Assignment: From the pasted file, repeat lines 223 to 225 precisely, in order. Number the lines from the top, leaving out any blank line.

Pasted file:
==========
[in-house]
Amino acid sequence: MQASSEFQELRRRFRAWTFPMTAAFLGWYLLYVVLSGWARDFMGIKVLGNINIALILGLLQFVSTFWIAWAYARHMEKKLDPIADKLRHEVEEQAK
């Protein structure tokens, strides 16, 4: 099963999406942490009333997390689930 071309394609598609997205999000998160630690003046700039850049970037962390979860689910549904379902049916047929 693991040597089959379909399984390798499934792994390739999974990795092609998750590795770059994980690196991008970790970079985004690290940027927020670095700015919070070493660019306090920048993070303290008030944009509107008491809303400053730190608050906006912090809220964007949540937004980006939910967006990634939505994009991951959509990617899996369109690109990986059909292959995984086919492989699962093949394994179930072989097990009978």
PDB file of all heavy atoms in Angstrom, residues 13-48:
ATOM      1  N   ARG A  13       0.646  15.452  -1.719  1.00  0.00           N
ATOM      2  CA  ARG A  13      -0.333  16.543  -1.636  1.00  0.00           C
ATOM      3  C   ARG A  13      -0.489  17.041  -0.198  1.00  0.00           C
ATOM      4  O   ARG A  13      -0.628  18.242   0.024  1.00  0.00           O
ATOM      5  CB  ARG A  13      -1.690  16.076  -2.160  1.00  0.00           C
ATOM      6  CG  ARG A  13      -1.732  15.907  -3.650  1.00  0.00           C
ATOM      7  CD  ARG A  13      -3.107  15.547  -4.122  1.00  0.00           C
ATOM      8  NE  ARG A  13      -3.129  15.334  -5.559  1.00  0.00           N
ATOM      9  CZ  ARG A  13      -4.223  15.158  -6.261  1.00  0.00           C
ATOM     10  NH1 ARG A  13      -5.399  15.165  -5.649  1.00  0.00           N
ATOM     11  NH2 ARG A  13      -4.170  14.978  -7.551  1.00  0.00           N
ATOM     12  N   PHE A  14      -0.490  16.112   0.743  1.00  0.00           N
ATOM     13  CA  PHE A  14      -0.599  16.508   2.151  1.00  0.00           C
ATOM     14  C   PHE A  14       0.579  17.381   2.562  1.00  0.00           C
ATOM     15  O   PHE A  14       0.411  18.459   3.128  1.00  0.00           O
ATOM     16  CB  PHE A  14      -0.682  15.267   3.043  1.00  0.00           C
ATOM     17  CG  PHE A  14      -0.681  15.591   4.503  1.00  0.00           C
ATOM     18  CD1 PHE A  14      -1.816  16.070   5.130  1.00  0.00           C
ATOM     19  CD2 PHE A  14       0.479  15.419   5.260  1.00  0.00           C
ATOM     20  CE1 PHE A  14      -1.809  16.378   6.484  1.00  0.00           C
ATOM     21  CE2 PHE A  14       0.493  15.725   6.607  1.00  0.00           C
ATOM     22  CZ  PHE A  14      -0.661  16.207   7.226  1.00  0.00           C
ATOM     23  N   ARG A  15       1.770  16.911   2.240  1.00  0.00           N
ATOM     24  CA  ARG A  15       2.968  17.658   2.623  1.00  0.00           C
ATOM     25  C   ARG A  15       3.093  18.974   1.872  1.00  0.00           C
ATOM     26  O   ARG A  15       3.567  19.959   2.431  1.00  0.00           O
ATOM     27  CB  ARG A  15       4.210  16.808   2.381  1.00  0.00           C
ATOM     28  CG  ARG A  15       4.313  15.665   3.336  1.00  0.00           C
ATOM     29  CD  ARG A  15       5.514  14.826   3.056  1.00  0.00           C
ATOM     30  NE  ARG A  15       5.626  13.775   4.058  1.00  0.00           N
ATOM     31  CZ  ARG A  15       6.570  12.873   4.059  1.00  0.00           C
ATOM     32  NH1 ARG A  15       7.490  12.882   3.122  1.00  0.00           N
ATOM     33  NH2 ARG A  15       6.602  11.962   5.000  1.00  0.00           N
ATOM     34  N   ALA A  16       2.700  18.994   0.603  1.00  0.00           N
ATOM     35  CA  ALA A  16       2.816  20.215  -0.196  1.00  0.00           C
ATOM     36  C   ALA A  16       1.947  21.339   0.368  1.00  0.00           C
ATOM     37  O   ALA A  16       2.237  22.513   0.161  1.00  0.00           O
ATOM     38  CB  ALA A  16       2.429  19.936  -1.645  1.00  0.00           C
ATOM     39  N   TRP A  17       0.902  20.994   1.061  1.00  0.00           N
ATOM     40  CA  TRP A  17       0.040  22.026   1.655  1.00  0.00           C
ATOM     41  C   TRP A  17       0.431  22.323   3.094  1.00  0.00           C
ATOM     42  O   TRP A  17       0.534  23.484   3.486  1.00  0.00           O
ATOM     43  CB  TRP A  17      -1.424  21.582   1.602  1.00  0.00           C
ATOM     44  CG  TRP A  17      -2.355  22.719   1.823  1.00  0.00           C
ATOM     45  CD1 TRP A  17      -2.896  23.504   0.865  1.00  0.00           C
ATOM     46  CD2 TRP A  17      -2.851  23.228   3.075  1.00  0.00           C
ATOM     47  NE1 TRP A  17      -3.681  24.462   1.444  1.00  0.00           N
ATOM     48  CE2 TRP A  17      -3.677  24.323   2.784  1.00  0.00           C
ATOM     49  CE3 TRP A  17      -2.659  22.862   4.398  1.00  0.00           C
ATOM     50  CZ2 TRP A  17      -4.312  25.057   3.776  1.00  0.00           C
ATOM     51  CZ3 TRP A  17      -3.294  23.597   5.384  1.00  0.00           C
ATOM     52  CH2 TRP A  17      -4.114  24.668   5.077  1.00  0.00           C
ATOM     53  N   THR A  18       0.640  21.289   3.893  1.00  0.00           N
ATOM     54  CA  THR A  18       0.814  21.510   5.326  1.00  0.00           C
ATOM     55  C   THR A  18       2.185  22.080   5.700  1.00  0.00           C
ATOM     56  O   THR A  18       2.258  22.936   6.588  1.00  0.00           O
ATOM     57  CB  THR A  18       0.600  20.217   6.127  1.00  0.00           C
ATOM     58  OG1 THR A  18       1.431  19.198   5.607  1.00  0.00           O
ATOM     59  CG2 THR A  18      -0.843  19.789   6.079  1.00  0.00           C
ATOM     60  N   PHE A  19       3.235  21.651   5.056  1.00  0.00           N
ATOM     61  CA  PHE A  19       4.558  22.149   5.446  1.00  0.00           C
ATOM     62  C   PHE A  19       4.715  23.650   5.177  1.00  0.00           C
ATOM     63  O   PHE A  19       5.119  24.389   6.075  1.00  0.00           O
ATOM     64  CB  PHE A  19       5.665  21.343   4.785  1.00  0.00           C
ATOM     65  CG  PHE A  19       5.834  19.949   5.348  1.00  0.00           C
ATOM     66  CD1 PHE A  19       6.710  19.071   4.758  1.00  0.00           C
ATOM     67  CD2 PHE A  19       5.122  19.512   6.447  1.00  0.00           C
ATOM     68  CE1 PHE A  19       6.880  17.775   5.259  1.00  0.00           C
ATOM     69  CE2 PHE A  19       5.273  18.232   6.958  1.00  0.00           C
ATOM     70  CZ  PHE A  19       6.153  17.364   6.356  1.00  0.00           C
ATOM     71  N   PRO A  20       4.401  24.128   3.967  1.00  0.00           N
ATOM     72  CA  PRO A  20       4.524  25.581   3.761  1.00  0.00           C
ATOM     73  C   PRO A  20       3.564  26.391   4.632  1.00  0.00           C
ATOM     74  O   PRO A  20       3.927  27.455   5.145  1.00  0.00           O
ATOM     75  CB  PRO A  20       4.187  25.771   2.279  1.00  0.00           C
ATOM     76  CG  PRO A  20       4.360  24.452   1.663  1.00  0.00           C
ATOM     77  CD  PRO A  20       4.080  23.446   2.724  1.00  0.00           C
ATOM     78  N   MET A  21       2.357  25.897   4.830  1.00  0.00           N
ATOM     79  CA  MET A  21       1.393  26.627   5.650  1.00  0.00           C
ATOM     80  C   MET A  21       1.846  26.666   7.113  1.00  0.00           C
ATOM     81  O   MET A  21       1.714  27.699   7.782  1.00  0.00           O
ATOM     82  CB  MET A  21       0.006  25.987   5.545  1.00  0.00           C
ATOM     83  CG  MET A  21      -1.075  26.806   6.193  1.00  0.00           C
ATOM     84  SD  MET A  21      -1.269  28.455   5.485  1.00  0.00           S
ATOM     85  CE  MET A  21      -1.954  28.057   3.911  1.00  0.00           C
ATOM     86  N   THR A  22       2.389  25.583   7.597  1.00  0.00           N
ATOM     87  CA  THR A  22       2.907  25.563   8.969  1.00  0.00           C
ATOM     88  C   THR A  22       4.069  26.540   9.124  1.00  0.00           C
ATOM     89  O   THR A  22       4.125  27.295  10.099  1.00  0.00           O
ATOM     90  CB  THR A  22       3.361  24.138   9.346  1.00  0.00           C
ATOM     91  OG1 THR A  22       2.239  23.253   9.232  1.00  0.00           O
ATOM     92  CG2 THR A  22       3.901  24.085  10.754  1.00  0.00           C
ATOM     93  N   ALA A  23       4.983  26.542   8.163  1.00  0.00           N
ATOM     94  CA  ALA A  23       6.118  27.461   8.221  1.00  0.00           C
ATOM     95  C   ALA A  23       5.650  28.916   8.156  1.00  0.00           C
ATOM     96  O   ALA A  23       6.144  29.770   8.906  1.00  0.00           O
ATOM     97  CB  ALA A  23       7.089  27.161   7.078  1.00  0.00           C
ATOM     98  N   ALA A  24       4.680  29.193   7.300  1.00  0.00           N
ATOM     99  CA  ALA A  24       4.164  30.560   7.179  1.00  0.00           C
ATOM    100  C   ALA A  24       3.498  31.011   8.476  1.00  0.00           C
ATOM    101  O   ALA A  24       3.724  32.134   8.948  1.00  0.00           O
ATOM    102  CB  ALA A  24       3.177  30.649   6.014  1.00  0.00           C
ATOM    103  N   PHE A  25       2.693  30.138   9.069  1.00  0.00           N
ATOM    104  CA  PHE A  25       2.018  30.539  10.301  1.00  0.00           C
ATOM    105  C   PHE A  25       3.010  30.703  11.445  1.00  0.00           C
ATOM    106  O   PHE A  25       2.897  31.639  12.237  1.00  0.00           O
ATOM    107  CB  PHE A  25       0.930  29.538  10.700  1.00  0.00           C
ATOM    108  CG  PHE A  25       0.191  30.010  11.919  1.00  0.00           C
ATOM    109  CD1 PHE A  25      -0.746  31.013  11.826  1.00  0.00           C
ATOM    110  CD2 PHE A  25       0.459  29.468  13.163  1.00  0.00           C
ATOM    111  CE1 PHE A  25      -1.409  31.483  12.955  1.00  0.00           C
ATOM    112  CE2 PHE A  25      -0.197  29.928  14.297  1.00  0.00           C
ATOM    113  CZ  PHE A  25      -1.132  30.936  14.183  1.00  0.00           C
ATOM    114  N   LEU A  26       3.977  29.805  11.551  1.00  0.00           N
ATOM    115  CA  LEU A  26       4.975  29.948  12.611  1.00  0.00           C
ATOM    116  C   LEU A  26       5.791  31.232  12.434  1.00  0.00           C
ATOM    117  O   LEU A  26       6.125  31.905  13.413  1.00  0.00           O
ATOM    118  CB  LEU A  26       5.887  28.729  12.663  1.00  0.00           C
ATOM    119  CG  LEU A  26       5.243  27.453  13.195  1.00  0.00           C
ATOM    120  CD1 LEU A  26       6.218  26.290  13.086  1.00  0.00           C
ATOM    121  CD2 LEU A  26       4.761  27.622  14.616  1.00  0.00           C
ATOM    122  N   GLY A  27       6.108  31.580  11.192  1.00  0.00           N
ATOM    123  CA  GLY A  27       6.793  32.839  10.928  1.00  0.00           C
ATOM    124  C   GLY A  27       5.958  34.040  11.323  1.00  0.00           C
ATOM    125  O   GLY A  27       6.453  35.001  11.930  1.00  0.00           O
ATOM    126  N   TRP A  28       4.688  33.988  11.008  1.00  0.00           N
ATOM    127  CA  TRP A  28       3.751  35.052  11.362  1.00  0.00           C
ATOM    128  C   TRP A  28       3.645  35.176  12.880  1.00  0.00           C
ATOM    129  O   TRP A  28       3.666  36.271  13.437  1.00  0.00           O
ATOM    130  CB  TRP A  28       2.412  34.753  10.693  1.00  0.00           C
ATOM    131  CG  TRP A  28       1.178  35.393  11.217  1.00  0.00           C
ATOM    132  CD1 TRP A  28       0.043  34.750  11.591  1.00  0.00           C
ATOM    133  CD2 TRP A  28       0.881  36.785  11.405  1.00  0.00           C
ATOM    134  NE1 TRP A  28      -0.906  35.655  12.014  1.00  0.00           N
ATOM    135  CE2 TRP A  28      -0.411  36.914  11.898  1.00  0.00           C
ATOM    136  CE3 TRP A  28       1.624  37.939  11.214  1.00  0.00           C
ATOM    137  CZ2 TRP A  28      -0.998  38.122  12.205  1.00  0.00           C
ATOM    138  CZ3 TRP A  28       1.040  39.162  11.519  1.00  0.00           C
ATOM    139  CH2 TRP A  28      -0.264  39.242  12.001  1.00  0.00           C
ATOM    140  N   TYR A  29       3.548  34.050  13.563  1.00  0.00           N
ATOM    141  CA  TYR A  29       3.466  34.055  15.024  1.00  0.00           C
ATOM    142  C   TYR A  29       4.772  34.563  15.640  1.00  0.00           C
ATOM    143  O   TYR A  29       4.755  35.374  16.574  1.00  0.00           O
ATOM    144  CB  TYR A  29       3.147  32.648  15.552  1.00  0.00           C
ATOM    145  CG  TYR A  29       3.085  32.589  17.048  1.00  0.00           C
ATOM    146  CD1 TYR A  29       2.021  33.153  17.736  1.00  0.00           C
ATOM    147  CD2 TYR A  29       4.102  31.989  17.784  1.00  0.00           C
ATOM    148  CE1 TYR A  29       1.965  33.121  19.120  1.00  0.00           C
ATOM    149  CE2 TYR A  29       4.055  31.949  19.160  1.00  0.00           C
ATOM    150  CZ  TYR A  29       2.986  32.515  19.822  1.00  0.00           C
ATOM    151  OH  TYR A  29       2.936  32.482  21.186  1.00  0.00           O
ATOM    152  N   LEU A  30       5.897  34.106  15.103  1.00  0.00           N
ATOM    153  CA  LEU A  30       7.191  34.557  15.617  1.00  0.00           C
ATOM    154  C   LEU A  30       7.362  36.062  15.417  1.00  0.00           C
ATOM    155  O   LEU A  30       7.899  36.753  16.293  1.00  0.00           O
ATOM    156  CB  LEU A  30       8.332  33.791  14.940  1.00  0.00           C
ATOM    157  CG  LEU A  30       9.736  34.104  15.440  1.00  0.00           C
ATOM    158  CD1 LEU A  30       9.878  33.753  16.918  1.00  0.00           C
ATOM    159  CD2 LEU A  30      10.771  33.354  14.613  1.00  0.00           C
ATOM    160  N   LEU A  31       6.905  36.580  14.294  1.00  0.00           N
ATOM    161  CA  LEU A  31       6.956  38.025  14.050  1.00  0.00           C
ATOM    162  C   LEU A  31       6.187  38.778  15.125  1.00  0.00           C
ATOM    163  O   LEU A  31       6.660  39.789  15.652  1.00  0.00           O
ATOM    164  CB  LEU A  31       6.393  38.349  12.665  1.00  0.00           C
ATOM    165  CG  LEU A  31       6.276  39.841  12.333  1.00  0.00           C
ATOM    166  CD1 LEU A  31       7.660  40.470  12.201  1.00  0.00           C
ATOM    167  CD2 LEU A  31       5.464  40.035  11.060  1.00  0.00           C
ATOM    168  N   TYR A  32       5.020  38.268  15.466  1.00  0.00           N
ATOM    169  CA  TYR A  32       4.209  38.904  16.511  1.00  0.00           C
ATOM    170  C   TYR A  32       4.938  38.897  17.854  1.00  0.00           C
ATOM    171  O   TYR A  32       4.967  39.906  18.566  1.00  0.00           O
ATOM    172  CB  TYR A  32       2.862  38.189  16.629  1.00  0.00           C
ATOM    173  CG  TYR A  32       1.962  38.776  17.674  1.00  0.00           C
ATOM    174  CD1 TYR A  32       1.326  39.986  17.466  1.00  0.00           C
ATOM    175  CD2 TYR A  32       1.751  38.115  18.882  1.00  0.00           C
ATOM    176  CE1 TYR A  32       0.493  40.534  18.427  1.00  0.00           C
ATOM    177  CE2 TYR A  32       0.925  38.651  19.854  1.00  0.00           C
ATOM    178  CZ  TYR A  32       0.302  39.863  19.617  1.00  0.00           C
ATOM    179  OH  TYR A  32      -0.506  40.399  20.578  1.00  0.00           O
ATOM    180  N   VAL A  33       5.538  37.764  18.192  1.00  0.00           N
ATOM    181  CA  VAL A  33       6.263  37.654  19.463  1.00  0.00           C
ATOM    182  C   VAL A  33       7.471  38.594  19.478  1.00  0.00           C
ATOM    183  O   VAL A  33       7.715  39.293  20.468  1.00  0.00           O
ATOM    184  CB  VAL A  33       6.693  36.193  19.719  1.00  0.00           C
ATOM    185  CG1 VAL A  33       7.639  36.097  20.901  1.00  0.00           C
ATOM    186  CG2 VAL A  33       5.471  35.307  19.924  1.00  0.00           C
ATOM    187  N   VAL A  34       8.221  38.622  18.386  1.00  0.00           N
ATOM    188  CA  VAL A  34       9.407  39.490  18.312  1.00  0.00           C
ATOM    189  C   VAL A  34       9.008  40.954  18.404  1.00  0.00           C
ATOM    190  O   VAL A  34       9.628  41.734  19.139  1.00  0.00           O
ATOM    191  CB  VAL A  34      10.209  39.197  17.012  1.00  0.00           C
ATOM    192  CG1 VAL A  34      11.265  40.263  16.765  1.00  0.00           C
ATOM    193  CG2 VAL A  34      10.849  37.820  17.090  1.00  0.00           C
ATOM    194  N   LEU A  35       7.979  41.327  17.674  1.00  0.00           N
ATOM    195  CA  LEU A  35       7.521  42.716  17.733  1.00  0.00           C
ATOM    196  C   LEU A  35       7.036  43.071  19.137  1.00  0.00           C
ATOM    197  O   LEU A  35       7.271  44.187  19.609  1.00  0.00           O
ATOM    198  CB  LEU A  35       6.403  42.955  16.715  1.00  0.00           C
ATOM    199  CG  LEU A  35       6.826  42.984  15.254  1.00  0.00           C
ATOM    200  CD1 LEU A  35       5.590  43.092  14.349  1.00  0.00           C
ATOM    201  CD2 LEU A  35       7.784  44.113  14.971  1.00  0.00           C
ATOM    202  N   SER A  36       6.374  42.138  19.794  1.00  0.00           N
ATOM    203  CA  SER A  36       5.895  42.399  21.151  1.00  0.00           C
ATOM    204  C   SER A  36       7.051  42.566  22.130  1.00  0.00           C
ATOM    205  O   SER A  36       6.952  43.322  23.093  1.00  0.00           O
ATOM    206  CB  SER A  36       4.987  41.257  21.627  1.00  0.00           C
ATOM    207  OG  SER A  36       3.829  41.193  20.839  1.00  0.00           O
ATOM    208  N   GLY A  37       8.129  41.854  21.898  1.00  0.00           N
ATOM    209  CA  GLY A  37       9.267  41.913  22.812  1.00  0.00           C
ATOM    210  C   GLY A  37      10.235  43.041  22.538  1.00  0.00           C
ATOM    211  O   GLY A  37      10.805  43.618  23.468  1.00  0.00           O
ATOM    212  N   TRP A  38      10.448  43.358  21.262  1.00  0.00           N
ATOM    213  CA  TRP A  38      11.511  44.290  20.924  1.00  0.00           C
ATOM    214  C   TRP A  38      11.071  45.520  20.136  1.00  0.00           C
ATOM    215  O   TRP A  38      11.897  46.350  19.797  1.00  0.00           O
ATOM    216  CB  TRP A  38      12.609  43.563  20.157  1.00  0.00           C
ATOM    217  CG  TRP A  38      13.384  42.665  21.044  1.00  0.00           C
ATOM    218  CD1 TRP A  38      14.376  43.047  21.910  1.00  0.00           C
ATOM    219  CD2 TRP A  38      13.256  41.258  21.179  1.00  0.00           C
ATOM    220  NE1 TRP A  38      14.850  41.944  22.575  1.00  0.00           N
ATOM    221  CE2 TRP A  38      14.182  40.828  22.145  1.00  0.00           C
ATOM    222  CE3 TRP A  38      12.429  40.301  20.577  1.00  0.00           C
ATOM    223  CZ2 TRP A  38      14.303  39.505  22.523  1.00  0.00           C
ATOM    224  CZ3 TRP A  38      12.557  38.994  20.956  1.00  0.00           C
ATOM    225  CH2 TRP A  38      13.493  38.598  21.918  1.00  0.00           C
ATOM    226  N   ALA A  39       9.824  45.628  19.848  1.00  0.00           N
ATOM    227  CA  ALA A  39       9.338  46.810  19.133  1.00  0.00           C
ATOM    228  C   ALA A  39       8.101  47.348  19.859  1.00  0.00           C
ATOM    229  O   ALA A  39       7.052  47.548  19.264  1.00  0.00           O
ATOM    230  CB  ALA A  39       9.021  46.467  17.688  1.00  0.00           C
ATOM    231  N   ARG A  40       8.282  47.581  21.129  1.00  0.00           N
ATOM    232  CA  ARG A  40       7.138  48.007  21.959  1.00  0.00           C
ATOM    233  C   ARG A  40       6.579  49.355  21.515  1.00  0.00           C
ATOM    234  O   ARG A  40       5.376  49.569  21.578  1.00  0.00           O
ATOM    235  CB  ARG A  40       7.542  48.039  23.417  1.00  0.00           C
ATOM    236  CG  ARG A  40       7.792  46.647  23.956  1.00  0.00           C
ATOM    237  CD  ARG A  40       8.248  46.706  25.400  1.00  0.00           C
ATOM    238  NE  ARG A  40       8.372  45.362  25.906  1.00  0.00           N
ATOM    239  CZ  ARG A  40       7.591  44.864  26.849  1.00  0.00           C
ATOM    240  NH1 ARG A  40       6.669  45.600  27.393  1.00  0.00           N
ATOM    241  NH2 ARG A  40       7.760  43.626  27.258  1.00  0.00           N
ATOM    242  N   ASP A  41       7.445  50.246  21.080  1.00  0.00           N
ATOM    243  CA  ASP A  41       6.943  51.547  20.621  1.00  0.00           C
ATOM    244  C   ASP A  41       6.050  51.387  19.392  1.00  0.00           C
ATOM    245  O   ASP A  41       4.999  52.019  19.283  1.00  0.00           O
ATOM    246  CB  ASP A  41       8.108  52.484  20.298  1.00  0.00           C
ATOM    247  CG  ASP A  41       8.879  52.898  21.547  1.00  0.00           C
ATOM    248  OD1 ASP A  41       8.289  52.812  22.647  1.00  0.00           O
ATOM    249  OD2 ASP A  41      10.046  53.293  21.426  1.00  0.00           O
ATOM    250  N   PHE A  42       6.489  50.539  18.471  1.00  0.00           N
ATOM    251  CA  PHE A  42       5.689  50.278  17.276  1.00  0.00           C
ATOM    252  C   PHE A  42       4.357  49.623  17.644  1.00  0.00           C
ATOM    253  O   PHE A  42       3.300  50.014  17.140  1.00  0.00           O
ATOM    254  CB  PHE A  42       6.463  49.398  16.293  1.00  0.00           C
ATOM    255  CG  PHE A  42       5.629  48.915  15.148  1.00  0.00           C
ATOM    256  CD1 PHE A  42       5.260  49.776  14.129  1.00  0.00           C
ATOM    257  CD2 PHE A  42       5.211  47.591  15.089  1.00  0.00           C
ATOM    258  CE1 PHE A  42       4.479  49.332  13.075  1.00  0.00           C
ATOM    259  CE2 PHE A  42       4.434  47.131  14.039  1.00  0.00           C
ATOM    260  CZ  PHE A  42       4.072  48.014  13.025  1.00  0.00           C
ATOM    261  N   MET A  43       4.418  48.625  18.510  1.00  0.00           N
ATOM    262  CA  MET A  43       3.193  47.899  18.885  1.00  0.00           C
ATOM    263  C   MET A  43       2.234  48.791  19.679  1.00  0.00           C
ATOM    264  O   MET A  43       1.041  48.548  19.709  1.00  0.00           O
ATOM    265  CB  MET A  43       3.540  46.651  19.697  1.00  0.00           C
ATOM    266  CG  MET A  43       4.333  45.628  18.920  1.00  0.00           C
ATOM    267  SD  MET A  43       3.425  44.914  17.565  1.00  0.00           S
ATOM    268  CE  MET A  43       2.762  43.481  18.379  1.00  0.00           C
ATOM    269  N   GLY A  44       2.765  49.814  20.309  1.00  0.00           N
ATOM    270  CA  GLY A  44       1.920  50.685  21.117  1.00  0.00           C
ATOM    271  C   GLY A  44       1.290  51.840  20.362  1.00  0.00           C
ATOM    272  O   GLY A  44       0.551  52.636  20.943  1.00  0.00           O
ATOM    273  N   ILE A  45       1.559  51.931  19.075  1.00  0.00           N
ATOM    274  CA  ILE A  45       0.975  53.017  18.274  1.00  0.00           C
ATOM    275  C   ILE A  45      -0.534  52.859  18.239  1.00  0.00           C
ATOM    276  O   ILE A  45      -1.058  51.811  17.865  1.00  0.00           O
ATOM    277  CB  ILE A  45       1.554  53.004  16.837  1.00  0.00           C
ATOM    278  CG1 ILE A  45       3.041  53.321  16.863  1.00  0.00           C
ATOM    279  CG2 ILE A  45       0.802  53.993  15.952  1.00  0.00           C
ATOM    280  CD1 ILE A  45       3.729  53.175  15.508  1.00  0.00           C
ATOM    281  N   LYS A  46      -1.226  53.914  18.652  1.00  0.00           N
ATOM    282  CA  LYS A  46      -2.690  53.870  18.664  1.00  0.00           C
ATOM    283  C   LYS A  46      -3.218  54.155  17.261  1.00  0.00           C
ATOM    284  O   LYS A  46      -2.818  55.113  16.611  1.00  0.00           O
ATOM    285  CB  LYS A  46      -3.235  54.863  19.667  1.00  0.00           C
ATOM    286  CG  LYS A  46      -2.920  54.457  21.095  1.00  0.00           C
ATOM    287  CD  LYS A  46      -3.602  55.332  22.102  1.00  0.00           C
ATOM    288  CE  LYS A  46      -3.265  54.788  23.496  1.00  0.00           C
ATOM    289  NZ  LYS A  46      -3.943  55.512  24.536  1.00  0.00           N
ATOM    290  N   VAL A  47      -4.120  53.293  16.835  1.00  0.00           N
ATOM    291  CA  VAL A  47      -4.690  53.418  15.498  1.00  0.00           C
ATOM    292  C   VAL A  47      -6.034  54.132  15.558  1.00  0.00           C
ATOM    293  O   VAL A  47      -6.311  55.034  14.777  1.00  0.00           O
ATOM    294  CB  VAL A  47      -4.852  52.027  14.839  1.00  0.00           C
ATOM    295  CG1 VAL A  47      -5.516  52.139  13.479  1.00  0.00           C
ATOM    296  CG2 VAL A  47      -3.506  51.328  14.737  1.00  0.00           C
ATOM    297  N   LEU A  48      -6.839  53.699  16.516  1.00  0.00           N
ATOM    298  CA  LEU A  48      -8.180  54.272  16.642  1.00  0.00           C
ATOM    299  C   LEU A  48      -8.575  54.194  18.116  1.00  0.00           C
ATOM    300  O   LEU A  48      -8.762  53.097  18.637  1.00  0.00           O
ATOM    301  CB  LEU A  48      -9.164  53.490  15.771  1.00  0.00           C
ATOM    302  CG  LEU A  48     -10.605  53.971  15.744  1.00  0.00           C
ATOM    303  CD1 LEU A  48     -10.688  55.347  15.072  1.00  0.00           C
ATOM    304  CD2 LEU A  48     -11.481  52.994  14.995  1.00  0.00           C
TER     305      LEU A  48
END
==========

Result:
ATOM    219  CD2 TRP A  38      13.256  41.258  21.179  1.00  0.00           C
ATOM    220  NE1 TRP A  38      14.850  41.944  22.575  1.00  0.00           N
ATOM    221  CE2 TRP A  38      14.182  40.828  22.145  1.00  0.00           C